“That’s a narrow universe,” Tave said. “That doesn’t mean supplier No. 3 isn’t going to pop up, or that there are other ones … out there that even the original supplier doesn’t know about.

“Second, we need to know that the ingredient is being used in dietary supplements,” he added. “There are plenty of ingredients in supplements that have other lawful uses. Caffeine is a great example.”

Caffeine is used in multiple FDA-regulated commodities, including supplements and conventional foods, as well as OTC and prescription drugs.

“We can’t just single out a supplier and hold them to the supplement rules if there’s no evidence that they’re actually putting their ingredients into dietary supplements,” Tave said.

If an ingredient is being used in a supplement, FDA must know whether or not it’s authorized to rely on an NDI master file. “And that could potentially be tricky when you have an industry like this where you might have one company that’s marketing things under multiple brands,” Tave explained.

FDA also would need to determine if an ingredient is subject to the NDIN requirement in Section 413(a)(2) of the Federal Food, Drug & Cosmetic Act (FD&C), as amended by the Dietary Supplement Health and Education Act of 1994 (DSHEA). An ingredient is exempt from the notification requirement if it was marketed in the U.S. before Oct. 15, 1994.

“It’s also not subject to the notification requirement if it’s present in the food supply in a form that’s non-chemically altered,” Tave observed, “and that’s a lot harder to show and harder to know when we’re in a world where there are a lot of firms that view the self-GRAS [generally recognized as safe] option as an alternate to the notification requirement.”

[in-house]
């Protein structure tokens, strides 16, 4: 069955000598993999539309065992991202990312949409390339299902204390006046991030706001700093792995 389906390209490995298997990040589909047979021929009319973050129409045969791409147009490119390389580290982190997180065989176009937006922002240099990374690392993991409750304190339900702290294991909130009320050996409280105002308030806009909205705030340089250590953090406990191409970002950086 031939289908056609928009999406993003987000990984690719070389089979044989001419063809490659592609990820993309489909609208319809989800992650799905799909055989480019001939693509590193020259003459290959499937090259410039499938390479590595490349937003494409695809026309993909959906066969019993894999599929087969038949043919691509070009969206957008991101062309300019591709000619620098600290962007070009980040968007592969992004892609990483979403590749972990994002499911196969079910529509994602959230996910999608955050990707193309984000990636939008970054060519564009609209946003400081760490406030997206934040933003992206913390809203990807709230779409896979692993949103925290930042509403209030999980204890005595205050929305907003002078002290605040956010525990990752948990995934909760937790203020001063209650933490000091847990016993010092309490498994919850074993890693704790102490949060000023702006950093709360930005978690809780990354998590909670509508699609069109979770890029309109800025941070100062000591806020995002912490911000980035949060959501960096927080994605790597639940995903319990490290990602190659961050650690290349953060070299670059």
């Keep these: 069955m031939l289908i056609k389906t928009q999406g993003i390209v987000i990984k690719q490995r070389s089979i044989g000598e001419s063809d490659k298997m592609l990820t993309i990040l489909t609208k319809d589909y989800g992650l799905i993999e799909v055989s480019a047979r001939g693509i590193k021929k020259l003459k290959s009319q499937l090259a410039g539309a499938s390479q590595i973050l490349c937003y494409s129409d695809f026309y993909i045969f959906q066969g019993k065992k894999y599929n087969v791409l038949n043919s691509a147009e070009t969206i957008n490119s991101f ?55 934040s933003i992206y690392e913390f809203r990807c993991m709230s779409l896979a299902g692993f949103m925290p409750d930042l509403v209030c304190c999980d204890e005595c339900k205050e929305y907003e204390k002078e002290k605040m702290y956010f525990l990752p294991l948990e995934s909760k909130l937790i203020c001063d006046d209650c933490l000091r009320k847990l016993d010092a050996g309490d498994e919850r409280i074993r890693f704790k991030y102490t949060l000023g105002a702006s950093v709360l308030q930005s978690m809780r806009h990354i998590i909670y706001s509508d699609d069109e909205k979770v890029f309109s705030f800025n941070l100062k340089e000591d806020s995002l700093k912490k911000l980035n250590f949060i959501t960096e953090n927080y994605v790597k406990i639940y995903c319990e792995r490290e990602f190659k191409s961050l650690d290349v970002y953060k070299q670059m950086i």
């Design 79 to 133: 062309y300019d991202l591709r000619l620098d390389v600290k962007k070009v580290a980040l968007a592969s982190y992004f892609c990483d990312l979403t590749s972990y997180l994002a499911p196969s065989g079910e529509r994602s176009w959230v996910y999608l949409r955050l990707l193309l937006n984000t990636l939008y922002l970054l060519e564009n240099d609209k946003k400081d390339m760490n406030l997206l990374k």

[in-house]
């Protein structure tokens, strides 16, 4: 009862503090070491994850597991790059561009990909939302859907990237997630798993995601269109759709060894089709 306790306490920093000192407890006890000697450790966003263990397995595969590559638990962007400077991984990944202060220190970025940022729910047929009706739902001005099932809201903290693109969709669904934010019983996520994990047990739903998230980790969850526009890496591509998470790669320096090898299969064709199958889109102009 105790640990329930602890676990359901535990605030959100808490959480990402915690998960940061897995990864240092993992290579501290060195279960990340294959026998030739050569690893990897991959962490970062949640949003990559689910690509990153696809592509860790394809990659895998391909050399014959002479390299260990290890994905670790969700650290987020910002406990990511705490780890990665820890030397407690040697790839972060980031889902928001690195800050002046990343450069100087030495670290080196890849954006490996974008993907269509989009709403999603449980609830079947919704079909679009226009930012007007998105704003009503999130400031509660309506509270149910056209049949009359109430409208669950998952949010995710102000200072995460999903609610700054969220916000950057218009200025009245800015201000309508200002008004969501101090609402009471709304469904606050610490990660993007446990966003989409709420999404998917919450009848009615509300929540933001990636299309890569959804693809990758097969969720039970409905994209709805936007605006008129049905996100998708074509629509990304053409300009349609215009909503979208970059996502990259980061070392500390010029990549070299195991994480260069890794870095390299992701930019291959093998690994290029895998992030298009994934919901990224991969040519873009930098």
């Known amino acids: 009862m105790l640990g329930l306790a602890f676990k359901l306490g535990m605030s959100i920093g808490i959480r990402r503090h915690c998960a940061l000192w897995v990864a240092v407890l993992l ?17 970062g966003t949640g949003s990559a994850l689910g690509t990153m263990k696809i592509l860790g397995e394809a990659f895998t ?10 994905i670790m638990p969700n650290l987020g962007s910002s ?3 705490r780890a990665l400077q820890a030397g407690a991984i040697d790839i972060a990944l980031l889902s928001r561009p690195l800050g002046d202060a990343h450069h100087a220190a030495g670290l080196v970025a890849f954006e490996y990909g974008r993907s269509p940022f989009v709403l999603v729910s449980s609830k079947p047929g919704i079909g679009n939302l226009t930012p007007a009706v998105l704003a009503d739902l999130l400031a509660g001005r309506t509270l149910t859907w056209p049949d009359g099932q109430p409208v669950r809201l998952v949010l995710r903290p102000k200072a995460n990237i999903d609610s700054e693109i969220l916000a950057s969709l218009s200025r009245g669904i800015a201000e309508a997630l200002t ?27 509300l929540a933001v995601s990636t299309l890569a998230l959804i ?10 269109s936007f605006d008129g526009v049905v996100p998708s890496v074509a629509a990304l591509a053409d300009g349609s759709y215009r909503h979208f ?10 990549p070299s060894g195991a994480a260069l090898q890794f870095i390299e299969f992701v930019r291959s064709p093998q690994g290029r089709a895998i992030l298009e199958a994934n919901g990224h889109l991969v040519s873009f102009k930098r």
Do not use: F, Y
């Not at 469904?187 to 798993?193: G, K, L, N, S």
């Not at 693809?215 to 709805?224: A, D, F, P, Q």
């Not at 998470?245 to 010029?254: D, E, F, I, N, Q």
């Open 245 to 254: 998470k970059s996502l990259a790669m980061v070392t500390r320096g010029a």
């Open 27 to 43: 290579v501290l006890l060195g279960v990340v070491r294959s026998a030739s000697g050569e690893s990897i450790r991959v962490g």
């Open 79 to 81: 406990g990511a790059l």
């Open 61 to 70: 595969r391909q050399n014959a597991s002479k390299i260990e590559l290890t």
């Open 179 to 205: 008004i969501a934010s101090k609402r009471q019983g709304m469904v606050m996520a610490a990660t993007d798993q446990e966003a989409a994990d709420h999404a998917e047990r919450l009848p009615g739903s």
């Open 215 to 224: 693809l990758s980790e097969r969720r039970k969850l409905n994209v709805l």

If a firm has submitted an NDIN to FDA and also completed a GRAS self-affirmation for the same ingredient, that constitutes evidence that an NDI is in the food supply, he pointed out.

“If we identify finished product dietary supplements using an ingredient that’s not a licensed master file, at that point we might be able to find a finished product adulterated under Section 413,” Tave said.

But he suggested FDA must rely on Section 402 of the FD&C if it has only identified a dietary ingredient—not a finished product—and wants to remove it from the market because it’s adulterated.

“And 402 is a lot harder because it requires an affirmative safety showing,” Tave explained. “We have to show that there’s inadequate information to provide reasonable assurance that there is not a significant or unreasonable risk of illness or injury. But oftentimes, when we’re dealing with an ingredient like this, the only information that we’ve got is an NDI notification where we haven’t raised any objections,” which suggests lack of any safety risk.

Under such circumstances, FDA cannot “assume … a hypothetical difference that we can’t identify and [that] has a material impact on the safety because under section 402(f), we have the burden of proof on every element,” Tave stated. “We would have to show it’s an ingredient that’s different than what we’ve already acknowledged, and it’s different in a way that raises material questions about the safety.”

'It's laughable'

Dan Fabricant, Ph.D., who previously led FDA’s Division of Dietary Supplement Programs, doesn’t perceive value in an NDI master file system if it’s not pared with enforcement.

“We’re the regulator and we’re going to set up a program that has nothing to do with compliance on the taxpayer’s dollar,” commented Fabricant, president and CEO of the Natural Products Association (NPA), in an interview. “It’s laughable.”